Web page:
The classically Balinese combo of rice fields and river gorges is what makes Ubud’s landscapes so beloved, and the Campuhan Ridge Walk, the best-known walk in Ubud, is the perfect way to appreciate them. Starting at Pura Gunung Lebah, choose between a 2-hour circular route around Campuhan and Sanggingan or a longer hike to Keliki and Taro.
One of a cluster of craft villages in Bali’s Gianyar regency, Celuk is known as the “silver village” for its jewelry production. Artisans here create silver and gold jewelry and handicrafts in their homes and workshops as they have for centuries. A visit to Celuk gives travelers a chance to see the artisans in action and buy direct.
Jakarta Chinatown, better known to locals as Glodok, was born after the massacre of 5,000 Chinese in 1740, when the remaining population were moved to a separate settlement outside the city walls. Today it’s a bustling hub where Chinese eateries, temples, street markets, and medicine shops nudge up against electronics stores.
Opened in 1868, in a grand building on Merdeka Square, Indonesia’s National Museum is one of Jakarta’s most fascinating attractions. A rich collection spanning hundreds of thousands of years covers everything from early hominids to the archipelago’s spectacular range of textiles, along with gold, statuary, and architectural models.
After Borobudur, the 9th-century Prambanan temple complex is Yogyakarta’s most prized site. Like Borobudur, it’s been recognized with UNESCO World Heritage status. The Prambanan Archaeological Park is home to over 500 temples. Some 240 make up the Prambanan group; others fall into other groups, including Sewu Temple and Lumbung Temple.
Dedicated to the Hindu goddess of learning, wisdom, music, and art, Ubud’s Saraswati Temple is a beautiful spot for worshippers and visitors alike. Water gardens and lotus ponds flow up to the elegant structure, which is enriched with ornate carvings. The temple makes an atmospheric setting for Balinese dance performances.
Known for its distinctive painting style, the village of Batuan, outside Ubud, remains an artists’ community. Unsurprisingly, Batuan Temple is a classic piece of Balinese architecture, with split gates, stone guardians, thatched shrines, and detailed carvings. It’s one of three village temples dedicated to the gods of the Hindu trinity.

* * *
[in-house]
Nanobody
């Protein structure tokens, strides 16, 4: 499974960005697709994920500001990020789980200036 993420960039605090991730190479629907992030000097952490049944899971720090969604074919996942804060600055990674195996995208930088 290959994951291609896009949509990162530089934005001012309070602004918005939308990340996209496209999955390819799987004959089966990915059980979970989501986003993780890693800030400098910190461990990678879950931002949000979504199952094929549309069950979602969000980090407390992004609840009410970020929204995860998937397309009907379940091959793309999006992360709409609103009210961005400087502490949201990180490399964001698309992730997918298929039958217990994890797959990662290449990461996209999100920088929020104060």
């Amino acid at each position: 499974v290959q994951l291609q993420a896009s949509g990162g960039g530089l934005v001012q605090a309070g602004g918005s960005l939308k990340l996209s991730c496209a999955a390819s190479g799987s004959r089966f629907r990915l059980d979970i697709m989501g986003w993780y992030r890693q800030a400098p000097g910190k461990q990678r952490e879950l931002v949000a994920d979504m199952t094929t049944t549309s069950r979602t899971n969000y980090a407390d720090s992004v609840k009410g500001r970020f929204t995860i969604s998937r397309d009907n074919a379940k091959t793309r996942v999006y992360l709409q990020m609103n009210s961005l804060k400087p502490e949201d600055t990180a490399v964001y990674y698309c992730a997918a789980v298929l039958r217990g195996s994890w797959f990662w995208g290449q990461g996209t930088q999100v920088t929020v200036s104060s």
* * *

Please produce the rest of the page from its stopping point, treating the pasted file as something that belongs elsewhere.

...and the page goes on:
Once the epicenter of a powerful Balinese kingdom, Tampak Siring is known today for its scenic rice terrace landscapes and two religious temples (pura): Tirta Empul and Gunung Kawi. Most visitors to Tampak Siring are drawn by the sacred spring of Tirta Empul or the 11th-century rock-cut shrines at Gunung Kawi.
Probably the best known of the craft villages around Ubud, Mas Village is famous for its wood carvers, and it’s possible to pop into the workshops of mask-makers and sculptors around town. There are also a number of more formal galleries, such as Tony Raka, which has expanded beyond carvings into modern art and tribal pieces.
The Bali outpost of a popular Southeast Asian attraction, Upside Down World is tailor-made for the selfie generation. A series of rooms replicate typical houses, with the twist that furnishings and decorations, from stairs and sofas to light fittings and wallpaper, are placed upside down, enabling hilarious trick photography.
Indonesia is home to more than 1,600 species of exotic birds, and many find their home at the Bali Bird Park. Ubud's top wildlife attraction hosts eight separate exhibits showcasing 250+ bird species from Papua, Sumatra, Bali, Java, Borneo, and beyond. Don't miss the bird-feeding sessions and free flight shows.
- Things to do in Ubud
- Things to do in Komodo
- Things to do in Ambon
- Things to do in Yogyakarta
- Things to do in Seminyak
- Things to do in Kuta
- Things to do in Jimbaran
- Things to do in Nusa Dua
- Things to do in Jakarta
- Things to do in Singapore
- Things to do in Malaysia
- Things to do in East Java
- Things to do in West Java
- Things to do in Bali